Patients around the United States with obstructive lung diseases receive only about half of the recommended medical care, with care varying significantly based on individual conditions, according to a RAND Corporation study issued today.
Obstructive lung disease affects an estimated 12 to 50 million Americans and includes asthma and chronic obstructive pulmonary disease (COPD), the most common form being emphysema. Obstructive lung disease is a leading cause of death nationally. While many studies have identified proper care for the illnesses, little research has examined whether patients routinely receive proper care.
Researchers say improving care could save lives. For example, they estimate that increasing the number of COPD patients in the United States who receive oxygen treatment at home could prevent 27,000 to 57,000 deaths annually. Increasing the number of hospitalized asthmatic patients who receive systematic steroids could prevent nearly 2,000 deaths each year, the study estimates.
RAND a nonprofit research organization analyzed two years of medical records for 429 patients with obstructive lung disease living in 12 communities across America. Overall, researchers found that patients received 55 percent of the recommended care.
The study found different patterns of care provided to patients with asthma and COPD.
Patients with asthma received about 67 percent of the care recommended for routine management of their illness, but only 48 percent of the care recommended when their condition worsened.
The opposite pattern was seen among patients with COPD. Patients received just 46 percent of the routine care recommended for COPD, compared with about 60 percent of recommended care when their symptoms were worse.
Researchers say they are uncertain about the reasons for the pattern, although the trend observed among asthma patients may be due to two decades of efforts to improve the routine care of asthma.
"It looks like the previous efforts to improve routine care for asthma have made a difference," said Elizabeth McGlynn, associate director of RAND Health and the report's senior investigator. "Now we need to expand improvement efforts to include these other areas."
The study in the November edition of the journal Chest is a more detailed analysis from the largest project every undertaken to examine the quality of health care across the United States. Nearly 7,000 adults in 12 nationally representative metropolitan areas participated in the larger study, which evaluated performance on 439 indicators of quality for 30 acute and chronic conditions such as urinary tract infections, diabetes, depression, high blood pressure and heart disease along with preventive care.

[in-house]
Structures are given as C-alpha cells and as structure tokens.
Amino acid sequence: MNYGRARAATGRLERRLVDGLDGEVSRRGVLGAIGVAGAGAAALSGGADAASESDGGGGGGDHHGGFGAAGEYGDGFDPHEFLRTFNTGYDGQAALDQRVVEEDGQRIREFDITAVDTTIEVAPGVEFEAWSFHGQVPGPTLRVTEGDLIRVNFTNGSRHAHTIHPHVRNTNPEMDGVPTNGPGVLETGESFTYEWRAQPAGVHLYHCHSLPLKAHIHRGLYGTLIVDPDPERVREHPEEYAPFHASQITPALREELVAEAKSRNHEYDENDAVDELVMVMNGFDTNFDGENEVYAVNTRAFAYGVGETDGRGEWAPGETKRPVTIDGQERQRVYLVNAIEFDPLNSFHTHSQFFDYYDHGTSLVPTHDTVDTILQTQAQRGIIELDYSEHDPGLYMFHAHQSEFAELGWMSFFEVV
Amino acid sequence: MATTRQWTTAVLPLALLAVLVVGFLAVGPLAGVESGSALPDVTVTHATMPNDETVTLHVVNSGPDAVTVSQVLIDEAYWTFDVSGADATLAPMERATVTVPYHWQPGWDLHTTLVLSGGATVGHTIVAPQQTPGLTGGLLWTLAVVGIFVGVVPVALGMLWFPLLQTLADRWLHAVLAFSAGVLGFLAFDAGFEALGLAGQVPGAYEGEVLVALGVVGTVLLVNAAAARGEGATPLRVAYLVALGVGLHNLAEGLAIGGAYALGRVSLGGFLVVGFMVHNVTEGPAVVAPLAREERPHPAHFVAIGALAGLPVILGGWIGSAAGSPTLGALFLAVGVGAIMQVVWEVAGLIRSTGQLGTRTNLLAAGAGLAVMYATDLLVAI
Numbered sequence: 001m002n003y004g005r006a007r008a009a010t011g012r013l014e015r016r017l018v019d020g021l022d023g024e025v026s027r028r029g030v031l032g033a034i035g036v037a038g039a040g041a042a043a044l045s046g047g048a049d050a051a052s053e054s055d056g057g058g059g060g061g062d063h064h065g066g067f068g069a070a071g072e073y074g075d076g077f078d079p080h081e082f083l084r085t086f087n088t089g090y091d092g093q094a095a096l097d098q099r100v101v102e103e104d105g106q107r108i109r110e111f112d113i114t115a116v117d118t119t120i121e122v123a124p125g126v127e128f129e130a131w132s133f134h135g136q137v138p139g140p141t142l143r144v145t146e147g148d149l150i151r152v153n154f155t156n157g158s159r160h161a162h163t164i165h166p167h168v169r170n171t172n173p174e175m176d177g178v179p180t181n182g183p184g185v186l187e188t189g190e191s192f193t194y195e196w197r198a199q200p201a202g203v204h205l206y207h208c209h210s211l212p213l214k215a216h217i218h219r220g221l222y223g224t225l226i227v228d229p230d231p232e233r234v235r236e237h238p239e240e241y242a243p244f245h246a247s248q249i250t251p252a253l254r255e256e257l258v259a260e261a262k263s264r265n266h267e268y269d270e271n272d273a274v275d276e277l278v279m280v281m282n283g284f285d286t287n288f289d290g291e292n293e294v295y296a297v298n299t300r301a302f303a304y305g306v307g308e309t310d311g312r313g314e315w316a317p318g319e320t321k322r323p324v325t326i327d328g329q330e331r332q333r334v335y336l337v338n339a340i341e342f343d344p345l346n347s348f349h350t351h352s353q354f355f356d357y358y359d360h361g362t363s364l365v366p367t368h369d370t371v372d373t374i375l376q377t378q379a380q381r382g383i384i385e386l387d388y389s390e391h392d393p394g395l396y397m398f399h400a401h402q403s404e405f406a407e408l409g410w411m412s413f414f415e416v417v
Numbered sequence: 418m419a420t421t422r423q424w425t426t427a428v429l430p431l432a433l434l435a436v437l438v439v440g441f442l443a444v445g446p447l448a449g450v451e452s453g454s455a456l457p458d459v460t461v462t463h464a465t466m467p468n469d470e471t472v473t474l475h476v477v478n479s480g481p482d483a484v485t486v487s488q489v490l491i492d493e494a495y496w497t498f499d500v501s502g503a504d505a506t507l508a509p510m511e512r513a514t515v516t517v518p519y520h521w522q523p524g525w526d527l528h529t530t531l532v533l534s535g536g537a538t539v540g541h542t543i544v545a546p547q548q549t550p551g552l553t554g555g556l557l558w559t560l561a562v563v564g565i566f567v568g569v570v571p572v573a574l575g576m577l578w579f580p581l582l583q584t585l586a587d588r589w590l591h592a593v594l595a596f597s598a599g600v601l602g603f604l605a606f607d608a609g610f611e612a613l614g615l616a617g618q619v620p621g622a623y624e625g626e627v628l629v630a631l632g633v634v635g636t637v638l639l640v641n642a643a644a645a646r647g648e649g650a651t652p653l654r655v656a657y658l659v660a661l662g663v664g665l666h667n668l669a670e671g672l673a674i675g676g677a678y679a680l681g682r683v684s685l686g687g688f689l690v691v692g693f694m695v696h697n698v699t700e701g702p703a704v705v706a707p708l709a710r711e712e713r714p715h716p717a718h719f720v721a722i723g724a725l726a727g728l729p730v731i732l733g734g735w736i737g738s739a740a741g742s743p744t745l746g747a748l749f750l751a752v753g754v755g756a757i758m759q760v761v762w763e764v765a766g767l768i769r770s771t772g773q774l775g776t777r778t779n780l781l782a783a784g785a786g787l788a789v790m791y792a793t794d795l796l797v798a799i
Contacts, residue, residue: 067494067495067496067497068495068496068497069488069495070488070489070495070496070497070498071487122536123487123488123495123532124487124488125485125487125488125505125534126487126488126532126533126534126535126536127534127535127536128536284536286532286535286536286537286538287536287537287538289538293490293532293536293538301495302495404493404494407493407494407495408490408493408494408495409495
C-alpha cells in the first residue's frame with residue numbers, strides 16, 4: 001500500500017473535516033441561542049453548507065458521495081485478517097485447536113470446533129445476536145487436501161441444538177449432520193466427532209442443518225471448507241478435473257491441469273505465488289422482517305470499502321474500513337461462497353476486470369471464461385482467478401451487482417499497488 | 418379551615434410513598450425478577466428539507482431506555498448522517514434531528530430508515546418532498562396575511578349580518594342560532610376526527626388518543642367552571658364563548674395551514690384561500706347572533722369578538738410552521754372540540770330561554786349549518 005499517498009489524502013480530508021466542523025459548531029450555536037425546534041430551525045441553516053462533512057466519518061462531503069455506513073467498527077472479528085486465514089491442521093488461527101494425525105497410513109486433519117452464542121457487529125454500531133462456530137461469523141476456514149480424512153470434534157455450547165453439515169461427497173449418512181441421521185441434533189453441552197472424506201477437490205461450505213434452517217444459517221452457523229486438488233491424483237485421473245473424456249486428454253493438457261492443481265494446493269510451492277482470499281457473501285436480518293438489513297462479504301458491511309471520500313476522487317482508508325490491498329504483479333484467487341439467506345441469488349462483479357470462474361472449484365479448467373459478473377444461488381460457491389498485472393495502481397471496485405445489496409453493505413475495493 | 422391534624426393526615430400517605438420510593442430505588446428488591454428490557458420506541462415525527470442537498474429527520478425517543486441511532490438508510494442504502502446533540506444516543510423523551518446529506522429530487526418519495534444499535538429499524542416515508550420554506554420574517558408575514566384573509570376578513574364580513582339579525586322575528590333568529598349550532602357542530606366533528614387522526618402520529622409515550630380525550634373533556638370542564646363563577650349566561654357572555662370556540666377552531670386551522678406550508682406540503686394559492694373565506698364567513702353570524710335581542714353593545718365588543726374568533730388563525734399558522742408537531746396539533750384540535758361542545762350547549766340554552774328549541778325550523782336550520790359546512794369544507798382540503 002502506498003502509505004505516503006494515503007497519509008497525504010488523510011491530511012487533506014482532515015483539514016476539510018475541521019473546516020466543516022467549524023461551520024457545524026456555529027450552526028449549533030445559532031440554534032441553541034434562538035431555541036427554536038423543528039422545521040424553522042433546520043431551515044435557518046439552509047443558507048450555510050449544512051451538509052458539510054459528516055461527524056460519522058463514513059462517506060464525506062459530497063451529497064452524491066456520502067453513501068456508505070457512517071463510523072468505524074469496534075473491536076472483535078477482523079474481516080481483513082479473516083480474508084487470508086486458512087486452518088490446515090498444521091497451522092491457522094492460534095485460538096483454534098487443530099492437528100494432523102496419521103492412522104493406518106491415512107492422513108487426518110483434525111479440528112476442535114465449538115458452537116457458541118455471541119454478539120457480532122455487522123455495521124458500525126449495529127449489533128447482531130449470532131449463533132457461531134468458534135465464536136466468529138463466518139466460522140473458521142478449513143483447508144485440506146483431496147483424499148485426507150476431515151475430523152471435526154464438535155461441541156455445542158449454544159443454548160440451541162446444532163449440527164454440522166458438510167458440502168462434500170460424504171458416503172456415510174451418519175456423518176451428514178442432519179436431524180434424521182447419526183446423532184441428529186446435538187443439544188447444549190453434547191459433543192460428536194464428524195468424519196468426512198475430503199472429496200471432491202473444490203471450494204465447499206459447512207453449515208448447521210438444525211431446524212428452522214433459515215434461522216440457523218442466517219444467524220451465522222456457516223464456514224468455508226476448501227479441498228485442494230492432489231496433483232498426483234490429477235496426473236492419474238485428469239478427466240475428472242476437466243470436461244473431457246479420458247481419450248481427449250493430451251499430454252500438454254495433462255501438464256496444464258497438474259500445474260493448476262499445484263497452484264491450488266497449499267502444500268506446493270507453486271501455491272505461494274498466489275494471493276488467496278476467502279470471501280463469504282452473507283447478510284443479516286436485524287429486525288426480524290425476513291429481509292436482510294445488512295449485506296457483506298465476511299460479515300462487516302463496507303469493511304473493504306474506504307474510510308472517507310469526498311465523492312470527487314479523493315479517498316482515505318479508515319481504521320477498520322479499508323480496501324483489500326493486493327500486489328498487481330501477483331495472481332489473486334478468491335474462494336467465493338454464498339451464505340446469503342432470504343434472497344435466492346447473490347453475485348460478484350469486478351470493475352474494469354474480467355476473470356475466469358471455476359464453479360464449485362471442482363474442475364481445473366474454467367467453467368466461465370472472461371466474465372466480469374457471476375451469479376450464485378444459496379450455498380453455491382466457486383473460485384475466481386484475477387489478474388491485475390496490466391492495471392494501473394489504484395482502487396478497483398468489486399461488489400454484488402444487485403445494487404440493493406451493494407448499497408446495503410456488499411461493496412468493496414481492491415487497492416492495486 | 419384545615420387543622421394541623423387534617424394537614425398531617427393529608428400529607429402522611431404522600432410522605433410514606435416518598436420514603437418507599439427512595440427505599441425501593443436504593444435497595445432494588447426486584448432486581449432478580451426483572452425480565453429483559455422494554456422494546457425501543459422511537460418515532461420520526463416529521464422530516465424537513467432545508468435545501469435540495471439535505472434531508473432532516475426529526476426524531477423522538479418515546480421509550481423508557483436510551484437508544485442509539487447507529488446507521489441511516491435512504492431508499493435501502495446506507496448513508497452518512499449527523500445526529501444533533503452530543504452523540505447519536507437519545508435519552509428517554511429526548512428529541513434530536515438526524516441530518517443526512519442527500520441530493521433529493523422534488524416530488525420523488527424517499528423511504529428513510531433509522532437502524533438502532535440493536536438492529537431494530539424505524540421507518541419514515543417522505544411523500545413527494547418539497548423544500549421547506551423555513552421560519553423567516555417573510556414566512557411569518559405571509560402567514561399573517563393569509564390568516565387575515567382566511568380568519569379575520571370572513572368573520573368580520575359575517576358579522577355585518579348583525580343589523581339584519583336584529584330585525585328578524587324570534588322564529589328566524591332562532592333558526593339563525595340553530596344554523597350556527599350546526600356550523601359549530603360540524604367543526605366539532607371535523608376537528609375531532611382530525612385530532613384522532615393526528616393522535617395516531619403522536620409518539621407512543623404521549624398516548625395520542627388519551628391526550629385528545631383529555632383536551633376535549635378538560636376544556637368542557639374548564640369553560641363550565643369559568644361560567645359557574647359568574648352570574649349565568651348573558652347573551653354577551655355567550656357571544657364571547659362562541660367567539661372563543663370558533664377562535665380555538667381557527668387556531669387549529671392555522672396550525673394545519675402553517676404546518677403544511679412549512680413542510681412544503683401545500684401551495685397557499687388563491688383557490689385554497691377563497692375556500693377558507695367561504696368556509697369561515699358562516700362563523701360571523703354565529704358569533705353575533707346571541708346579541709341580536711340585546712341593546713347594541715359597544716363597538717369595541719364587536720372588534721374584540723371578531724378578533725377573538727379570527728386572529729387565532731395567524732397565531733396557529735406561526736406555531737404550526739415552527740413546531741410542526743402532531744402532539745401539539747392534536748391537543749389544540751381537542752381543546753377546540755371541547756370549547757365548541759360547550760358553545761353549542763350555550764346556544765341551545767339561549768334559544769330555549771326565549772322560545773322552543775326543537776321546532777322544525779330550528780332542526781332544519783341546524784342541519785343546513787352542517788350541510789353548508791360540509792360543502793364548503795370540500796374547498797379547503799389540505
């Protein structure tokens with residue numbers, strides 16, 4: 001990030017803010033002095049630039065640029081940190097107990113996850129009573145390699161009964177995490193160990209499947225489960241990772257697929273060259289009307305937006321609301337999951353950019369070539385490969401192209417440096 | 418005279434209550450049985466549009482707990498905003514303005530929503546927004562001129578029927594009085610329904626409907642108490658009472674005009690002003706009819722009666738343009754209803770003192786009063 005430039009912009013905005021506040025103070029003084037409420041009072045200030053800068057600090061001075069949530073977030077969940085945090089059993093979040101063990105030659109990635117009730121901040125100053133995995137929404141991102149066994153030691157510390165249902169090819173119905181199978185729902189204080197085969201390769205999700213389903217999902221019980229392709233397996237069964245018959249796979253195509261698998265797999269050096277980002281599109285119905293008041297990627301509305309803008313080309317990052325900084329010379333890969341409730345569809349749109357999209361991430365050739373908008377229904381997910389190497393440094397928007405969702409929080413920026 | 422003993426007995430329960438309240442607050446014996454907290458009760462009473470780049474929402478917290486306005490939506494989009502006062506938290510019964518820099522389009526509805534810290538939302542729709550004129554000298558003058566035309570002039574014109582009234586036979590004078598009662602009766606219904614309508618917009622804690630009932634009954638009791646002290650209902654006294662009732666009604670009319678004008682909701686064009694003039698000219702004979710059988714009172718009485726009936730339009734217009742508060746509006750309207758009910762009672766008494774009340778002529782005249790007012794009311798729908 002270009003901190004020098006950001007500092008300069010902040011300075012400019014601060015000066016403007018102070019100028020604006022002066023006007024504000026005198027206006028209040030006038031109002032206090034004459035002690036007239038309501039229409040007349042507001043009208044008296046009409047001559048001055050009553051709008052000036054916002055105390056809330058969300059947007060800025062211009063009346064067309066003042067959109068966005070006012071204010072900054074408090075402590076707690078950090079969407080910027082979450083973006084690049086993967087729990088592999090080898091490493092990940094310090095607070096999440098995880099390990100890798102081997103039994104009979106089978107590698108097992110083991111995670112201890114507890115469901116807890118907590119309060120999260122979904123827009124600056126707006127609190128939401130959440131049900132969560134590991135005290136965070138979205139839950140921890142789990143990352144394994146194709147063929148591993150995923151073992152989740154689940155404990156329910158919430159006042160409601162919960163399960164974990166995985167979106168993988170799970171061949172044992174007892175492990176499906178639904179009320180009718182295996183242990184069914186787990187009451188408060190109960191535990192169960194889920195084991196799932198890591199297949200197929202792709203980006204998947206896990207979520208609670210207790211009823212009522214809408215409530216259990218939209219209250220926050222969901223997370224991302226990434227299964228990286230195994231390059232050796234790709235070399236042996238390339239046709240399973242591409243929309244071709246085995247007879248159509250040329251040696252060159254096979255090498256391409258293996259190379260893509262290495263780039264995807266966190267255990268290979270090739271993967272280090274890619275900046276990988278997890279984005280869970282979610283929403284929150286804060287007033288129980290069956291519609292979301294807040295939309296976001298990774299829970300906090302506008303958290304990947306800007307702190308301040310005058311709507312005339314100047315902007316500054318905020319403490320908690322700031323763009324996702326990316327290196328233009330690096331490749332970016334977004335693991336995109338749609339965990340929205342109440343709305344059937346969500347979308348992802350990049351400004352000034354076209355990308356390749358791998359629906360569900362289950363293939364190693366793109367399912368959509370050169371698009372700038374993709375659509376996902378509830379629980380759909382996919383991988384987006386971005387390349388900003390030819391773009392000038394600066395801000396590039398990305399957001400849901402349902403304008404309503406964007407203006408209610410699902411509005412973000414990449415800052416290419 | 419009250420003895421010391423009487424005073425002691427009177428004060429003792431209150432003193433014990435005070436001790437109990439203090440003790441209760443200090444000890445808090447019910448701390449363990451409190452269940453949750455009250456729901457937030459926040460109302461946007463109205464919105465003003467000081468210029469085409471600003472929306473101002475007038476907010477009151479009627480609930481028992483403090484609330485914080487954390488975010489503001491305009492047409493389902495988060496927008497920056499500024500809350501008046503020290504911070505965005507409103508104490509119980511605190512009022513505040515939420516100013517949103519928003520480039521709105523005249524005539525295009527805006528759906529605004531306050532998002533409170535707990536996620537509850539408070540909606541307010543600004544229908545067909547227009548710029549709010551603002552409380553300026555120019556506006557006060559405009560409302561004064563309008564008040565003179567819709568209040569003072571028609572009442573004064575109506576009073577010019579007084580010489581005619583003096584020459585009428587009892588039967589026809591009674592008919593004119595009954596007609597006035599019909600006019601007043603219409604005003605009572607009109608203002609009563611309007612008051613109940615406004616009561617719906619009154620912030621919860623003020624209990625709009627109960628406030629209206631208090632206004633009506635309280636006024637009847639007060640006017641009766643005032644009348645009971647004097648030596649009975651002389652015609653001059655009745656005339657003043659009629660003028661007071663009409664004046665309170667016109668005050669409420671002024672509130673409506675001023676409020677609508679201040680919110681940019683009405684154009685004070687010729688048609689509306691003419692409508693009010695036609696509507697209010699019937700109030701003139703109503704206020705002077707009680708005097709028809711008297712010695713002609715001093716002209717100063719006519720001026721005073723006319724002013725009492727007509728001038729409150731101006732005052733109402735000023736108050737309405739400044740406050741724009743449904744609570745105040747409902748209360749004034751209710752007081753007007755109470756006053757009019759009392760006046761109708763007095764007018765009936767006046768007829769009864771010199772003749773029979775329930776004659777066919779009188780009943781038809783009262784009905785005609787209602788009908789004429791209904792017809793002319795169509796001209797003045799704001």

"Our findings show that the quality of care provided to patients with obstructive lung disease is lacking, just as it is for many other common health problems," said Dr. Richard A. Mularski, lead author of the study and a physician-researcher with the Center for Health Research, Kaiser Permanente. "We found several specific areas of care that could be targeted for improvement efforts."
Researchers found lower-than-expected use of tests that evaluate lung function among patients with COPD one area they suggest should be targeted for quality improvement efforts. The study also found a low rate of the use of spacers with metered-dose inhalers for both COPD and asthma patients. Spacers help improve the use of inhalers.
The RAND Health study was supported by the Robert Wood Johnson Foundation and the Veterans Affairs Health Administration, which supported a fellowship for Mularski.
Other authors of the study appearing in Chest are: Dr. Steven M. Asch of the Veterans Affairs Greater Los Angeles Healthcare System and RAND; Dr. William H. Shrank of Brigham and Women's Hospital and the Harvard Medical School; Dr. Eve A. Kerr of the Veterans Affairs Ann Arbor Health Care System and the University of Michigan; and Claude M. Setodji, John L. Adams and Joan Keesey, all of RAND.
RAND Health, a division of the RAND Corporation, is the nation's largest independent health policy research organization, with a broad research portfolio that focuses on health care quality, costs, and delivery, among other topics.
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